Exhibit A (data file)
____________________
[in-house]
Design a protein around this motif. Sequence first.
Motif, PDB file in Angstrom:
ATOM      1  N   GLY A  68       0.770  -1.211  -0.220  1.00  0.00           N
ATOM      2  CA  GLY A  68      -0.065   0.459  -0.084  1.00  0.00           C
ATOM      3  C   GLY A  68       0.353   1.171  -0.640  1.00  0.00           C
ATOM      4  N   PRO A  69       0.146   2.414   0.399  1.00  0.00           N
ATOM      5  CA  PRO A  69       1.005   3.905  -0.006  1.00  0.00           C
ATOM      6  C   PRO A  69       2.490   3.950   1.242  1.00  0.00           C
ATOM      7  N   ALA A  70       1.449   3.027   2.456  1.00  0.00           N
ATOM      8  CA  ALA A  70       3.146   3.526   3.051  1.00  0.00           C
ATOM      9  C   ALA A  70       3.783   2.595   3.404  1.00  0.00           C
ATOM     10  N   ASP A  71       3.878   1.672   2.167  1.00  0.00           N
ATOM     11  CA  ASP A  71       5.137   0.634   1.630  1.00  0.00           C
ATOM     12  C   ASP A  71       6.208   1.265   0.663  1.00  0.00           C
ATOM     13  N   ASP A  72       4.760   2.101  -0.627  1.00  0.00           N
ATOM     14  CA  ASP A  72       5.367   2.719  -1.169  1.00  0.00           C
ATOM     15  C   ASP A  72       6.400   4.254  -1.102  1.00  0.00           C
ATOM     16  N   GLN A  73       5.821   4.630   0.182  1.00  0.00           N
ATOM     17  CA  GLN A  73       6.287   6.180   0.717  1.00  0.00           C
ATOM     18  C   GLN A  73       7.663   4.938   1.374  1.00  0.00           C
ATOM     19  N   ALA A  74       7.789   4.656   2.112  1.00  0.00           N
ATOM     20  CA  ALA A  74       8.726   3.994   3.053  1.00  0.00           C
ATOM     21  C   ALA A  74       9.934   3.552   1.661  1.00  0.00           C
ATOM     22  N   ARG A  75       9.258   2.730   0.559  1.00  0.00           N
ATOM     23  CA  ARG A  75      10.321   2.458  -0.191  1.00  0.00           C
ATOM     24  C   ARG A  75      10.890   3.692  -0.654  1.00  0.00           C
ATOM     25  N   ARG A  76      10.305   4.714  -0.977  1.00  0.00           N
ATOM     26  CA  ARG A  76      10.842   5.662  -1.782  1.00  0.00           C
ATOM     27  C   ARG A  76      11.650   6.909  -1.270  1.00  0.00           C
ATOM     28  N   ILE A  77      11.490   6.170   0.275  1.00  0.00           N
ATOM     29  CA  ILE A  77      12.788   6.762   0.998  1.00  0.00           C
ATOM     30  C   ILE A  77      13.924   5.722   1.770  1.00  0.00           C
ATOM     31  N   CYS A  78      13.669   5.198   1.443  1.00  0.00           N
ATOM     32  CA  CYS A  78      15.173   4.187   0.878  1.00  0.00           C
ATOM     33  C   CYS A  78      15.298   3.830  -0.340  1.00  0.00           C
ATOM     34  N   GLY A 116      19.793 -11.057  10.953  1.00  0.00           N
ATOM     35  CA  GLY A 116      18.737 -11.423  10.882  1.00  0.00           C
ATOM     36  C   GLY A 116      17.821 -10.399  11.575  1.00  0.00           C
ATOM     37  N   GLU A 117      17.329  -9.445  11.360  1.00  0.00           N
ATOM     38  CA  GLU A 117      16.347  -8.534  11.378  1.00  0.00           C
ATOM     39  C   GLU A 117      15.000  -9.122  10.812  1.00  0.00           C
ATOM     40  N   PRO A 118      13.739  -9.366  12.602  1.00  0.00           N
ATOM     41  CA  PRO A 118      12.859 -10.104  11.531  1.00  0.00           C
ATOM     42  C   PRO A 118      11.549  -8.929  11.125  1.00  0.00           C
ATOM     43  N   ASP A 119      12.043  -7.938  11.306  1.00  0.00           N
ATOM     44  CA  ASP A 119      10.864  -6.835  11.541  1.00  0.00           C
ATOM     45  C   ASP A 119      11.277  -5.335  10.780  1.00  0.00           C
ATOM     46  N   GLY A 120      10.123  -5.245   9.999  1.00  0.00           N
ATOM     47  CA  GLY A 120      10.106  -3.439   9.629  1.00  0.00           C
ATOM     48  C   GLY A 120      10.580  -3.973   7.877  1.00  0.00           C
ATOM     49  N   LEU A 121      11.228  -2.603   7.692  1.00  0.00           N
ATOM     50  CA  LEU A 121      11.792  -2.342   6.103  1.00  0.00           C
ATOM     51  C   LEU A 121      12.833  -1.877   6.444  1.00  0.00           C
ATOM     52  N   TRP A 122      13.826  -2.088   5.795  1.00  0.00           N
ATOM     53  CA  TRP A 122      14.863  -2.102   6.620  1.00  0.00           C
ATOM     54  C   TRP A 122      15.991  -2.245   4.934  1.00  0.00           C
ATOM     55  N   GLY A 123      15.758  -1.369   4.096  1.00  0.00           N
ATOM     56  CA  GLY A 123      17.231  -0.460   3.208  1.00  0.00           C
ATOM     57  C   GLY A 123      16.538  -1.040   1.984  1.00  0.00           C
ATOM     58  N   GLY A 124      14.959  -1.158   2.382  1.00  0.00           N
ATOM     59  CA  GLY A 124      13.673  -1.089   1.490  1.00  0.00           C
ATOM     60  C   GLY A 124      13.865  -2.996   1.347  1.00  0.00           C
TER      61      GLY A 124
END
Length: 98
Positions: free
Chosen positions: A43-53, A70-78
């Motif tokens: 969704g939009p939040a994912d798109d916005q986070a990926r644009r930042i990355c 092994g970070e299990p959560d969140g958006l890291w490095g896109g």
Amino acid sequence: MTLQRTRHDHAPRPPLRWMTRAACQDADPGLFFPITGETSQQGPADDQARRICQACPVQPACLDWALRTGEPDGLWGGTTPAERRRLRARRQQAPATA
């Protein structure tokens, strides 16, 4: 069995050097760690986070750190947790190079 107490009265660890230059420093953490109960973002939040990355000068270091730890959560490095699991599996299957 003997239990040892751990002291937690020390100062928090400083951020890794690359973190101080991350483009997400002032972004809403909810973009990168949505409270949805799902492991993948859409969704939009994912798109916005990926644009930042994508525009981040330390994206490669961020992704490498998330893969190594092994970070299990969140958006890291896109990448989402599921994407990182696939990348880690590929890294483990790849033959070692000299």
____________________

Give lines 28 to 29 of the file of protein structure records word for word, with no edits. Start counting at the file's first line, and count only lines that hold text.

ATOM     25  N   ARG A  76      10.305   4.714  -0.977  1.00  0.00           N
ATOM     26  CA  ARG A  76      10.842   5.662  -1.782  1.00  0.00           C